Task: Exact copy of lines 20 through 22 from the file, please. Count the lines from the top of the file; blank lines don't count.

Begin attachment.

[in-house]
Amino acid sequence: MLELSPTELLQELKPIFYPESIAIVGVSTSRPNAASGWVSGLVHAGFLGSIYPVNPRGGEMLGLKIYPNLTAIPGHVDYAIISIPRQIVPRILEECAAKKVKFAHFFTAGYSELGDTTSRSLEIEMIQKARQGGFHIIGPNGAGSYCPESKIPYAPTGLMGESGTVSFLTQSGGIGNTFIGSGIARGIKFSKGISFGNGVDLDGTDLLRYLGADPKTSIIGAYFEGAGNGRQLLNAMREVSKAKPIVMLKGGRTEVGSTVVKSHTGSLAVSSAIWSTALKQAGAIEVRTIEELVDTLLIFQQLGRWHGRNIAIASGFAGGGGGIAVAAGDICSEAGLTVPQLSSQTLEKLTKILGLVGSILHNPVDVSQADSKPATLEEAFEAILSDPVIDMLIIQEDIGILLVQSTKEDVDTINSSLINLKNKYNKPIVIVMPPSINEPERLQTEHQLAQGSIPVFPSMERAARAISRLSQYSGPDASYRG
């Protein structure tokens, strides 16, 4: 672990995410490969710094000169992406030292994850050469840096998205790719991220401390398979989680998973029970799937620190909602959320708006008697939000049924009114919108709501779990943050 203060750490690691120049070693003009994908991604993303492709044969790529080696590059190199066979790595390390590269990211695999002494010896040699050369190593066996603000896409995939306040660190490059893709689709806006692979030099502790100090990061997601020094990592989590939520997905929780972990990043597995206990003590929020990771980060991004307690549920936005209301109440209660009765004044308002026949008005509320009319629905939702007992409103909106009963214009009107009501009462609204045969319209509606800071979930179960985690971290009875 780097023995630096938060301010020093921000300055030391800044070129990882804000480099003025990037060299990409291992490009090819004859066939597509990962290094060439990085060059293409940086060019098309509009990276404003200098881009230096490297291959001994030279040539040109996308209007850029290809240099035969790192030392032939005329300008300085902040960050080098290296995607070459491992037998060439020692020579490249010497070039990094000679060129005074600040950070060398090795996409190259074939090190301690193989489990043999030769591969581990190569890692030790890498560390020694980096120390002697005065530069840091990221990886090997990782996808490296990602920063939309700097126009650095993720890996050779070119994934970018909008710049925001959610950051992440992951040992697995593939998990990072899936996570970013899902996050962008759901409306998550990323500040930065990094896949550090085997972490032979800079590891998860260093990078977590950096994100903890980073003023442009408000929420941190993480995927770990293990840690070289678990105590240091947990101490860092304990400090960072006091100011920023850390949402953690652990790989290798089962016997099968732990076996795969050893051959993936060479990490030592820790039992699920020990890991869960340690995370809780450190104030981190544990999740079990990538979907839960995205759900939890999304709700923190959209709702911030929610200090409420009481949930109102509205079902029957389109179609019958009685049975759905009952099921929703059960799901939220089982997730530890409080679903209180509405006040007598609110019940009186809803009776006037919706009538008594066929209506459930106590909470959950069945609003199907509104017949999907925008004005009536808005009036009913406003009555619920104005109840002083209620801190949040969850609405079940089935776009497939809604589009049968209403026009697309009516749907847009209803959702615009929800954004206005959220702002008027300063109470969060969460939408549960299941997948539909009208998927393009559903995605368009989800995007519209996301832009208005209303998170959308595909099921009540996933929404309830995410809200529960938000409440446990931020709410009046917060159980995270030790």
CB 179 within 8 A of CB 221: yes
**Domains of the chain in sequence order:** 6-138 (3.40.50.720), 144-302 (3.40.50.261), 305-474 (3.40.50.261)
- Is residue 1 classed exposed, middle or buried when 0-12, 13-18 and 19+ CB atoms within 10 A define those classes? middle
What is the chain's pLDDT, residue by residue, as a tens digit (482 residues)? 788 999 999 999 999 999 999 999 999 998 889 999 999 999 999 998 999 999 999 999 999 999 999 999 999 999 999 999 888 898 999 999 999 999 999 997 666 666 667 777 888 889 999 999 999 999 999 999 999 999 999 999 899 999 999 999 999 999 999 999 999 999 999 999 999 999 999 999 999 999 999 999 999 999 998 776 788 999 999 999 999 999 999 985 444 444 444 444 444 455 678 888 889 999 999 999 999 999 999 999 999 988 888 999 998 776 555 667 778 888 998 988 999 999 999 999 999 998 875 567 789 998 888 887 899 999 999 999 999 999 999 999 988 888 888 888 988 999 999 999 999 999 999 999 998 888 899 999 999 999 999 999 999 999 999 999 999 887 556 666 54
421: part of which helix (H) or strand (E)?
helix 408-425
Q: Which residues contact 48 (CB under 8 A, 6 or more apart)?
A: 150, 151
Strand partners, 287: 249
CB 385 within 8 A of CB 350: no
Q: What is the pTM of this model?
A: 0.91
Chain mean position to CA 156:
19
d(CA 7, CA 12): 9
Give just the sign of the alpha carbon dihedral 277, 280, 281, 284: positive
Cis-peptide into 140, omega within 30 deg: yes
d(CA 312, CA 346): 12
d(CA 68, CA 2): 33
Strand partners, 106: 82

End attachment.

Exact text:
Cis-peptide into 140, omega within 30 deg: yes
d(CA 312, CA 346): 12
d(CA 68, CA 2): 33